The advantage that Exchange Bank and others may have is their strong community ties, which can be leveraged to build a tight relationship with their customers so they will turn first to their banker for financial advice. The cozier bank branch is one piece of that strategy. “The community bank excels in trying to deliver that type of personal service,” Reider said.

Founded in 1890, Exchange Bank is in good position as it has 18 branch locations in Sonoma County, according to 2103 FDIC data, the most of any retail bank in Sonoma County. Its deposits totaled $1.6 billion at the end of the second quarter, an increase of $90 million, about 6 percent, from a year ago.

It serves 48,000 households with approximately 100,000 accounts. Retail operations account for 65 percent of its business, spokesman Brad Hunter said, with the remaining 35 percent in commercial, small business and nonprofit activity.

Given its longstanding ties to the community, especially funding Doyle scholarships to Santa Rosa Junior College students, bank officials believe they have a competitive advantage that will serve them well going forward.

“We can’t service the people who are jumping off to Denver or New York,” said Rolf Nelson, senior vice president for retail banking and sales for Exchange Bank. “For a community bank, the focus is really true relationship banking.”

Other lending institutions are moving toward the “bank of the future” concept. Wells Fargo opened up its version last year in Washington. Redwood Credit Union also revamped its Sonoma branch with a similar overhaul in June, with a technology bar and children’s area. It intends to bring that formula to three of its 17 locations in the next year, said Cynthia Negri, executive vice president and chief operating officer at the Santa Rosa credit union.

“We have found there has been more technology and mobile banking. We see a lot of our members use those, but they still like the touch and feel of a branch,” Negri said. “They will come in for complex transactions, or investment services or talk about insurance needs. That’s more how we see them using our branches.”

Despite the initiative by banks and credit unions to refashion branches, the trend will result in fewer offices as consumers move toward digital banking.

According to the Raddon Financial Group, the number of U.S. bank branches peaked in 2009 at 99,544 but decreased to 96,340 in 2013. Similar trends applied to credit unions.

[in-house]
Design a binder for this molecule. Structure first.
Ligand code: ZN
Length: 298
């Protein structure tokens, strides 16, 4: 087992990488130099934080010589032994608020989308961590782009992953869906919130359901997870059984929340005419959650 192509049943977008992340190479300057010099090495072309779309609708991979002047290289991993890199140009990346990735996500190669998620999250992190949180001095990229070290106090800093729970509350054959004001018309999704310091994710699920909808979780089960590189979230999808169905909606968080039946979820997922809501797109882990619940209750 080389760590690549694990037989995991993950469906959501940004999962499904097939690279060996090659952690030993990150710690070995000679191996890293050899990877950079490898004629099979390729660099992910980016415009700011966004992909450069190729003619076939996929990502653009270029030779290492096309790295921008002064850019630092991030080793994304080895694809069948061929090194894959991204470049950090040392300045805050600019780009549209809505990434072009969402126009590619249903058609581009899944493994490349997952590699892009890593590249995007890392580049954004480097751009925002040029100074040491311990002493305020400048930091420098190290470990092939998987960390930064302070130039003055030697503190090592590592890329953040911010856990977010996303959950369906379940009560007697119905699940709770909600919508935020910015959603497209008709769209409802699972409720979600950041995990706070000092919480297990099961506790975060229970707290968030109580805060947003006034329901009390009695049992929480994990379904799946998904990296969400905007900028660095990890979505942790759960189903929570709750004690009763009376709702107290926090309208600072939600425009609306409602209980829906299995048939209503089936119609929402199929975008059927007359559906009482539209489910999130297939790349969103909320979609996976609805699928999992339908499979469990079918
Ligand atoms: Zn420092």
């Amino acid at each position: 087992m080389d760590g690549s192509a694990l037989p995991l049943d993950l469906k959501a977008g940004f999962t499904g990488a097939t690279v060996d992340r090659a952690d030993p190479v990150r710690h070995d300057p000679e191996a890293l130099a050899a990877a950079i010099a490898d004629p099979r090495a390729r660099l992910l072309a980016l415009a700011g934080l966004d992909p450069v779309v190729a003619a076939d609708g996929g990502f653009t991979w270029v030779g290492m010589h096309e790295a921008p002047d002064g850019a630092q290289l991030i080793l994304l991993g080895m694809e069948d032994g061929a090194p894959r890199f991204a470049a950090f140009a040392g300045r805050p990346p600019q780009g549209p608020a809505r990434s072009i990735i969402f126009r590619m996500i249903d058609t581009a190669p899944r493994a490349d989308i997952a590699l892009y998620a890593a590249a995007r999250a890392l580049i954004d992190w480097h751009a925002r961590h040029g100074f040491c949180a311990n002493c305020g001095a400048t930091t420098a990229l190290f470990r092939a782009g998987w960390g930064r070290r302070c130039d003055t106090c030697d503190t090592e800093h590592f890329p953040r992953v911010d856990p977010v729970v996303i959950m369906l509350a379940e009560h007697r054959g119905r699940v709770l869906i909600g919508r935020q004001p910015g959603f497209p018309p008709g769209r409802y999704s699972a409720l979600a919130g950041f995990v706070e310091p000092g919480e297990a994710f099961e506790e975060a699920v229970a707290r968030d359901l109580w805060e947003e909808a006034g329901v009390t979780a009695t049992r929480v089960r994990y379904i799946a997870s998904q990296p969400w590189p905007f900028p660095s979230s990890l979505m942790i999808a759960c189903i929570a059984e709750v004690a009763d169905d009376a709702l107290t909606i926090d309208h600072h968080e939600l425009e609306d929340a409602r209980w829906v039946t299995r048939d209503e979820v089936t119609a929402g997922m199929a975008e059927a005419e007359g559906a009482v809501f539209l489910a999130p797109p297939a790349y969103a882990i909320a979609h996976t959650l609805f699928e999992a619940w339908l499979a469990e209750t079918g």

The decrease comes as technology continues to evolve. One new trend is a video teller where an employee communicates through a Skype-like connection to an ATM, with the bank being able to offer additional services such as how to replace a lost card. NCR Corp., which markets such devices, said it offers banks the “benefits of lower processing costs, faster transactions and increased product sales and revenue growth.”

Some banks like ING and Ally Bank have so-called “virtual banks” where transactions primarily are handled over the Internet. They are tailored to services such as savings accounts and certificates of deposit.

“There has been some success with a virtual bank,” Plath said. “But it is a limited market.”

Going forward, banks will have to manage the divide between the customers who opt for digital and those who prefer the traditional branch.

“This is a service business. We have to do it all,” said Deborah Meekins, president and CEO of First Community Bank, which has two branches located in grocery stores for better convenience of its customers.

The Windsor branch has drawn positive reviews, especially from employees, who noted that prior to the revamp, it had a dated 1980s decor with a mauve tone, including the carpeting that would go partially up the wall.

“We are trying to be relationship bankers. I want to know about your day. I want to know about your summer plans. It’s not my immediate intention to sell you a credit card or open an account, but by building that rapport and gaining that trust, you are going to think of me when you need to get that credit card,” said Koop at Exchange Bank. “You are going to think of Jamie the banker when you need something because we have those real conversations.”

You can reach Staff Writer Bill Swindell at 521-5223 or bill.swindell@pressdemocrat.com. On Twitter @BillSwindell.